I actually kind of felt like the lesbian community abandoned me. There I was all alone wanting support, wanting friends and suddenly people stopped calling. I had one friend who stuck around . . . But because she was still part of this bigger group, I wasn’t welcome at the group anymore . . . So I began staking out my claim in the FtM community, so to speak. It sounds awfully territorial, doesn’t it? I don’t mean it quite like that. I guess I mean more of like trying to find a place in the FtM community. (3 August 2006)

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For other trans men, transitioning meant a rejection of lesbian spaces as no longer relevant to their lives and a seeking out spaces that supported shifting self-identifications. For some trans men this meant frequenting exclusively heterosexual spaces, exclusively straight male spaces and/or gay male space. This decision was sometimes grounded in the experience of being members of lesbian communities and developing sensitivity or commitment to feminist precepts. Denis noted that through his experiences as a member of the lesbian/feminist community, he was prepared to recognize the importance of lesbian-only spaces.
I’d rather see it be the guys excluding themselves, just saying ‘okay, that’s women’s only space, I’m not a woman, I’ll respect that’. It seems like a lack of respect to fight your way into women’s space. (3 March 2007)

Queer geographers and trans scholarship share a growing concern with understanding how race and class, as well as other markers of social positioning are implicated in understanding gender and sexuality and embodiment (Oswin 2008; Valentine 2007). In considering trans subjectivities and embodiment, Emi Koyama (2006) argues that lesbian feminists’ and trans activists’ contestations over the presence of transsexual women at the Michigan Womyn’s Music Festival is easily read as both racist and classist although such perceptions are rendered invisible and unspoken. In attempting to resolve matters, the festival’s organizers and trans activists have an de facto ‘no-penis’ policy that permits some trans individuals access to the festival grounds although the controversy (and its practical ramifications) has by no means been resolved. This policy clearly ignores the fact that minority trans women are far more likely to lack the financial resources to obtain the ` necessary surgery. Richard Juang, in a more nuanced argument, draws on Kimberle Crenshaw’s (1993, 705 – 706) conceptualization of intersectionality to argue for a transgender politics that would acknowledge how ‘constellations of forces’ constitute forms of racialized, classed and gendered discrimination that result in unique kinds of physical and representational violence. This offers the possibility of teasing out how, for example, ‘sexualized racial stereotyping combines with racialized gender stereotypes’ in ways that prompt distinctive and unique forms of oppression (Crenshaw 2006, 709; see also Valentine 2007). This work echoes calls by Gill Valentine (2007, 10) for geographers to consider the concept of intersectionality to ‘theorize the relationship between different categories: gender, race, sexuality and so forth’. Because of the social and political history of LGBTQ activism in Canada, trans political aspirations have largely been yoked to gay and lesbian community-based organizations. In places such as Toronto, with a well-established gay village and a well-funded community centre, trans out-reach and support groups operate through gay and lesbian spaces and organizations. Major government funding for trans services is funnelled through these organizations, embedding trans issues (and lives) within gay and lesbian social and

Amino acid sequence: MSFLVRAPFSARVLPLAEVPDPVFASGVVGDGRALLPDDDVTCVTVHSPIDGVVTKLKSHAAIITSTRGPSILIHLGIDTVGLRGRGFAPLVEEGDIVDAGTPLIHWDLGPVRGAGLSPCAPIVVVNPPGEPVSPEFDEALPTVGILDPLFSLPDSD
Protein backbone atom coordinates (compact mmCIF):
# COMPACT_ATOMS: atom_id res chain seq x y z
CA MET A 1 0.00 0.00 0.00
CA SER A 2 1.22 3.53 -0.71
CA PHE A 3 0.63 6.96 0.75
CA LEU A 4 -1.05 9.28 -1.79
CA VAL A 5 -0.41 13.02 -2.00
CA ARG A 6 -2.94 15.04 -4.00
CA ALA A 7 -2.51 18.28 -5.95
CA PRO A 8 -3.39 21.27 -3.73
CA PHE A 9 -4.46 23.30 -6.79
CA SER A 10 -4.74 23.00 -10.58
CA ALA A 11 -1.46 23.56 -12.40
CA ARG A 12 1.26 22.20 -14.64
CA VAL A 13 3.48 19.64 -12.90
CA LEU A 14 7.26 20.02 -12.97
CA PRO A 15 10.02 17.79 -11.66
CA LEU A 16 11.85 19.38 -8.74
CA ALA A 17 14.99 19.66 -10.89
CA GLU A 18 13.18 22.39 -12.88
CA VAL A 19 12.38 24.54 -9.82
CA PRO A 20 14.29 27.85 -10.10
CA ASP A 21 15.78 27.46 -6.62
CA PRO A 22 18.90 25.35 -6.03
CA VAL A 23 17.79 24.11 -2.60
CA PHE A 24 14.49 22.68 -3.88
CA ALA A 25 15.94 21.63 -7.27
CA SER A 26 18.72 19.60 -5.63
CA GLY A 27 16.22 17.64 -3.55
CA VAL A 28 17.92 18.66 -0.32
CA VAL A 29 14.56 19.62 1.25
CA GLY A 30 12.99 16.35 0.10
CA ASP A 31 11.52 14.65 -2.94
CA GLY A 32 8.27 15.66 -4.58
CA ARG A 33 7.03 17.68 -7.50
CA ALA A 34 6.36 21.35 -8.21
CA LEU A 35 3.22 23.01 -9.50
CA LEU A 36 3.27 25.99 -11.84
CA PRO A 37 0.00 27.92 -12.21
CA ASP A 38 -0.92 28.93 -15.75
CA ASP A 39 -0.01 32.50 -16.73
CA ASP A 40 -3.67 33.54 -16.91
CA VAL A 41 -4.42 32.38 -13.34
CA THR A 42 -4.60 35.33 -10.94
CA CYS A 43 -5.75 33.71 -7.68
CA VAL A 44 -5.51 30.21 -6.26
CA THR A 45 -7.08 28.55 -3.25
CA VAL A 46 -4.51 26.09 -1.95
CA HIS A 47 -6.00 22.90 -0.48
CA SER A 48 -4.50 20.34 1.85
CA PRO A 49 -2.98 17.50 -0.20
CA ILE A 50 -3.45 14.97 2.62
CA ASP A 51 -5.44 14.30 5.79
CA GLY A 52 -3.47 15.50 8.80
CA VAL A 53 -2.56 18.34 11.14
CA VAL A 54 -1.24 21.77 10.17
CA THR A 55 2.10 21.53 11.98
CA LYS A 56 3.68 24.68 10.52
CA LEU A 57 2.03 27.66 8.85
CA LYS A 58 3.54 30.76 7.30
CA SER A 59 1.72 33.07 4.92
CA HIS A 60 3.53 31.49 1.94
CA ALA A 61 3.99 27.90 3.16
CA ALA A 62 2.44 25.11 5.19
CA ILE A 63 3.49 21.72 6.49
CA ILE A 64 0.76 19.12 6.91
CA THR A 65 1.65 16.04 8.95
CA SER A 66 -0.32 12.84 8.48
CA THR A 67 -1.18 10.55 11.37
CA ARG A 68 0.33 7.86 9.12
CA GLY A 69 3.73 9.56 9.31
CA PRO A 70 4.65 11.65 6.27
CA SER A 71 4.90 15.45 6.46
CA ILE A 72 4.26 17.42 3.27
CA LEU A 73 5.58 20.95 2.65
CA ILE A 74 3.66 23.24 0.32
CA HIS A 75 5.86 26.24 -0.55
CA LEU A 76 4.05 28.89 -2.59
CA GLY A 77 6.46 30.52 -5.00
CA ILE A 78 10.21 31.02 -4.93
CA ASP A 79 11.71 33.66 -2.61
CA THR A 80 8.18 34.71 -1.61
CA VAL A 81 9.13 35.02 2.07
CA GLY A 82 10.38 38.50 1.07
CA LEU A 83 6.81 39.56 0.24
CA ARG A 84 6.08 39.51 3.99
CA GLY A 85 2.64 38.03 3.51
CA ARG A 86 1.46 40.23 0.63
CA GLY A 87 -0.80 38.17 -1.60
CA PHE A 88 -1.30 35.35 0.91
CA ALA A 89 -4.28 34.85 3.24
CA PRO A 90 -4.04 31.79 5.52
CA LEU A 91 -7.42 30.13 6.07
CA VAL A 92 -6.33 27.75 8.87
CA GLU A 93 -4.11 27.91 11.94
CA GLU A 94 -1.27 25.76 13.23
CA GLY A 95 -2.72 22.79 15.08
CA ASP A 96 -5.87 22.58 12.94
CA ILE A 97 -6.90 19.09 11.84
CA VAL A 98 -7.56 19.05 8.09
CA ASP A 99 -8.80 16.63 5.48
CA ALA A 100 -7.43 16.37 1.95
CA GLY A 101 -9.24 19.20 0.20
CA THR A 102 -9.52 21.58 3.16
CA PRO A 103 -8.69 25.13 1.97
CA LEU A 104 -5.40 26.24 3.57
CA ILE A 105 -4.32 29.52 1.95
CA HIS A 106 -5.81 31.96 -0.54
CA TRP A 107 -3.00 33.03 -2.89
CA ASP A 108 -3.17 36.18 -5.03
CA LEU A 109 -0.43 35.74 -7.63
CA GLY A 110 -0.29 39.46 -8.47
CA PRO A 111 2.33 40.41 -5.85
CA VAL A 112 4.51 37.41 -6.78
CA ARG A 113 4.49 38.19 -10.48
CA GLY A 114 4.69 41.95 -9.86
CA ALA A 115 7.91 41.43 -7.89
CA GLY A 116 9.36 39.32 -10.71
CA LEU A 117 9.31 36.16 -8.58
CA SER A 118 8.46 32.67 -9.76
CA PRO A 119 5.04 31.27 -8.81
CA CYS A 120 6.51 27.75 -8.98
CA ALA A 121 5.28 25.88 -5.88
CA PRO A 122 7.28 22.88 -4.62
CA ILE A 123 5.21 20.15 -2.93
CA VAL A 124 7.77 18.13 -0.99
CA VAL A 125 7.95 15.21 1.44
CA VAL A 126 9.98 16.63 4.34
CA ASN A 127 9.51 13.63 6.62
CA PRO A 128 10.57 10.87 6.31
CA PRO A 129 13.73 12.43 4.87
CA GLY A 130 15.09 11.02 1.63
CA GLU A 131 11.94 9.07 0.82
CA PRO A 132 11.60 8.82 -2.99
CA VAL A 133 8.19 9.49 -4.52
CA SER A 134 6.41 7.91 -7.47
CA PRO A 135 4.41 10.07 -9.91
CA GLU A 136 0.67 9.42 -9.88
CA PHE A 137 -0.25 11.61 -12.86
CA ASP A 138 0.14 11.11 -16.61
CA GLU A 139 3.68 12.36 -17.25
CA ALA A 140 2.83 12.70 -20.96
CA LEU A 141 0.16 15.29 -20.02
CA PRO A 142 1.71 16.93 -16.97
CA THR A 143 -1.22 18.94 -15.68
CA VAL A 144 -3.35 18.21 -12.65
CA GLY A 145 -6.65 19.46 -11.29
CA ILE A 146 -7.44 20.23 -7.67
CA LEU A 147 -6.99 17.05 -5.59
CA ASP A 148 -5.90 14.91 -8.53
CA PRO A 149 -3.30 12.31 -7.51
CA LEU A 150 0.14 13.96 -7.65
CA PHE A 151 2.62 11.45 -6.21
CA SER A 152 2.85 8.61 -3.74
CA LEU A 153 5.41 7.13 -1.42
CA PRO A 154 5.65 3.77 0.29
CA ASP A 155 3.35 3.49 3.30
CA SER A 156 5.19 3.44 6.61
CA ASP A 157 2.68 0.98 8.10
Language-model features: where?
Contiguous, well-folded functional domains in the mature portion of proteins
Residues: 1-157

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political organizations. This has not been an easy road to follow and there is a sense that trans interests may not best served under the umbrella of LGBTQ organizations despite the obvious commitment of those organizations. Trans interests do not always mesh with gay and lesbian political aims such as ‘gay marriage’ and ‘same-sex’ health benefits. As Nick points out:
trans issues and people do not resonate with the majority of gay and lesbian people . . . On the trans side, most trans people have a problematic relationship with the ‘gay and lesbian communities’ as well. So it’s not a happy marriage if you will. But it’s sort of some type of family, like there’s a relation. But it’s not easy or simple. (10 October 2007)